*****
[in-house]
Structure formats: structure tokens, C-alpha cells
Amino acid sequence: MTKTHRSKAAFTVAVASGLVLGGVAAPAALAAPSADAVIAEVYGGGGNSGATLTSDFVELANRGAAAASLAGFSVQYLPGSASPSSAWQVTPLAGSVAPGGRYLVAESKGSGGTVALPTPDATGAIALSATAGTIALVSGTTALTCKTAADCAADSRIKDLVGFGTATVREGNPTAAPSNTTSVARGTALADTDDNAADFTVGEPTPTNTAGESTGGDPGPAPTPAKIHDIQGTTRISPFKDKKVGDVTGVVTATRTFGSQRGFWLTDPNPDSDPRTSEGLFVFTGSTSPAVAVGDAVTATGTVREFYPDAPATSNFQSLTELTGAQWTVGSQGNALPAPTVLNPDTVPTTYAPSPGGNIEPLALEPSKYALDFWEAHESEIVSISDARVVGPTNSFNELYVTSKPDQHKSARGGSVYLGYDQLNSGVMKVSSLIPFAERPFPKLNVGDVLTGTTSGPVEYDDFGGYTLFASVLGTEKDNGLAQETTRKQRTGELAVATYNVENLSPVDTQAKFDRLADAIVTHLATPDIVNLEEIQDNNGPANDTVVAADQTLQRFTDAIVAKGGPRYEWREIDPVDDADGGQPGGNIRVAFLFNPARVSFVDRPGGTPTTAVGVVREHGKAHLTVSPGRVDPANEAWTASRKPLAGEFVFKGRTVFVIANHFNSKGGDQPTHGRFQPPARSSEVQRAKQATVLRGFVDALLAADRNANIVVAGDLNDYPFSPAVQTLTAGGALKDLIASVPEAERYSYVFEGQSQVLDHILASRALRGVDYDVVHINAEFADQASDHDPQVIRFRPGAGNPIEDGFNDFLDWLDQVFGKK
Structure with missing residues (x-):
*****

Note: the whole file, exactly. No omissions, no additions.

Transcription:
[in-house]
Structure formats: structure tokens, C-alpha cells
Amino acid sequence: MTKTHRSKAAFTVAVASGLVLGGVAAPAALAAPSADAVIAEVYGGGGNSGATLTSDFVELANRGAAAASLAGFSVQYLPGSASPSSAWQVTPLAGSVAPGGRYLVAESKGSGGTVALPTPDATGAIALSATAGTIALVSGTTALTCKTAADCAADSRIKDLVGFGTATVREGNPTAAPSNTTSVARGTALADTDDNAADFTVGEPTPTNTAGESTGGDPGPAPTPAKIHDIQGTTRISPFKDKKVGDVTGVVTATRTFGSQRGFWLTDPNPDSDPRTSEGLFVFTGSTSPAVAVGDAVTATGTVREFYPDAPATSNFQSLTELTGAQWTVGSQGNALPAPTVLNPDTVPTTYAPSPGGNIEPLALEPSKYALDFWEAHESEIVSISDARVVGPTNSFNELYVTSKPDQHKSARGGSVYLGYDQLNSGVMKVSSLIPFAERPFPKLNVGDVLTGTTSGPVEYDDFGGYTLFASVLGTEKDNGLAQETTRKQRTGELAVATYNVENLSPVDTQAKFDRLADAIVTHLATPDIVNLEEIQDNNGPANDTVVAADQTLQRFTDAIVAKGGPRYEWREIDPVDDADGGQPGGNIRVAFLFNPARVSFVDRPGGTPTTAVGVVREHGKAHLTVSPGRVDPANEAWTASRKPLAGEFVFKGRTVFVIANHFNSKGGDQPTHGRFQPPARSSEVQRAKQATVLRGFVDALLAADRNANIVVAGDLNDYPFSPAVQTLTAGGALKDLIASVPEAERYSYVFEGQSQVLDHILASRALRGVDYDVVHINAEFADQASDHDPQVIRFRPGAGNPIEDGFNDFLDWLDQVFGKK
Structure with missing residues (x-):